LOOKING AT THE MIRROR: The trouble with Canada geese

Here is a mess left by resident Canada geese on a Mirror Lake swim dock. (Photo provided)

It’s getting close to that time of year when, traditionally, we would hear honking and peer into the sky, anticipating a glimpse of the Canada geese migrating from northern Canada to points south. It used to be a sure sign that summer days were behind us. But now, when we see and hear the geese in the fall, they might be heading in any direction, and we’re just as likely to see them in the months ahead as this month because these are not the same Canada geese we sentimentally used to refer to as the first sign of winter.

These are a giant subspecies of Canada geese, sometimes referred to as “urban geese” or “resident geese,” and they don’t migrate. These super-sized geese, on average, weigh 12.5 pounds, four times the size of their smaller cousins, but they sometimes weigh as much as 20 pounds. In the 1960s, they were believed to be endangered and consequently they became federally protected.

They have settled in temperate climates and as long as they can find food, they will remain. If they don’t migrate, their offspring don’t learn to migrate, and so their flock just grows bigger each year. Most giant Canada geese live for 10 to 25 years and lay five or six eggs each year. A single female may produce more than 50 geese in her lifetime, and according to the Minnesota Department of Natural Resources, “… three pairs of adult geese can multiply to nearly 50 birds in five years and to over 300 in just 10 years.” There are now an estimated four million in North America. They are found in all 50 states and have become a major nuisance in many communities.

The village of Lake Placid is no exception, and Mirror Lake is an ideal location. Why? Because the giant Canada geese prefer open green spaces and landscaped shorelines that make entering and exiting the water easier for their oversized bodies. They also prefer fertilized lawns for grazing and fewer trees because spotting and evading predators is less challenging. In a busy, tourist town, there are also welcome hand-outs from well-meaning folks, but feeding geese human food or even commercial poultry feed is harmful to them, potentially causing thin egg shells that crack or a permanent wing deformity that leaves them flightless.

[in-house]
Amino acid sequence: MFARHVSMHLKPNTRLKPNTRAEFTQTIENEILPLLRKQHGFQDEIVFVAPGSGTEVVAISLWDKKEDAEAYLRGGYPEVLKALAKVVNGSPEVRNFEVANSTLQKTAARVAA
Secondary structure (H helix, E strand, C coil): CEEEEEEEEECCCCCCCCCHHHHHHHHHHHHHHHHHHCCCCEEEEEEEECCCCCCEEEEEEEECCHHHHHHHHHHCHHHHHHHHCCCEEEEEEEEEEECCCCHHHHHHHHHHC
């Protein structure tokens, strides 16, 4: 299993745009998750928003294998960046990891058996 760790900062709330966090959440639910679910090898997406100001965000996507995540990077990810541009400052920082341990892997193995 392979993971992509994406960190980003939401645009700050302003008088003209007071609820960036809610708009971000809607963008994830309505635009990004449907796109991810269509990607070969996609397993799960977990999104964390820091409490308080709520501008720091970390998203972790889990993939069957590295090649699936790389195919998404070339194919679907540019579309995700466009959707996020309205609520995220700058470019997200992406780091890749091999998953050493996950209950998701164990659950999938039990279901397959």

And here’s the problem the resident Canada goose poses for Mirror Lake today: each goose poops around every 20 minutes, totaling up to two pounds a day. Every time it rains, their waste washes into the lake. This inundation of bacteria deprives aquatic plants of oxygen, makes algae blooms more likely, and puts people at increased risk of severe illness from E. coli. All of this is going on daily at our public beach and boat launch. Not only is it disgusting to have to tiptoe around piles of feces to launch your boat, people are sitting in the grass and allowing children to play in the sand and swim from this area. The geese have also been enjoying use of our public swim docks, leaving the evidence behind. It is a serious health risk that we need to address. The question is how?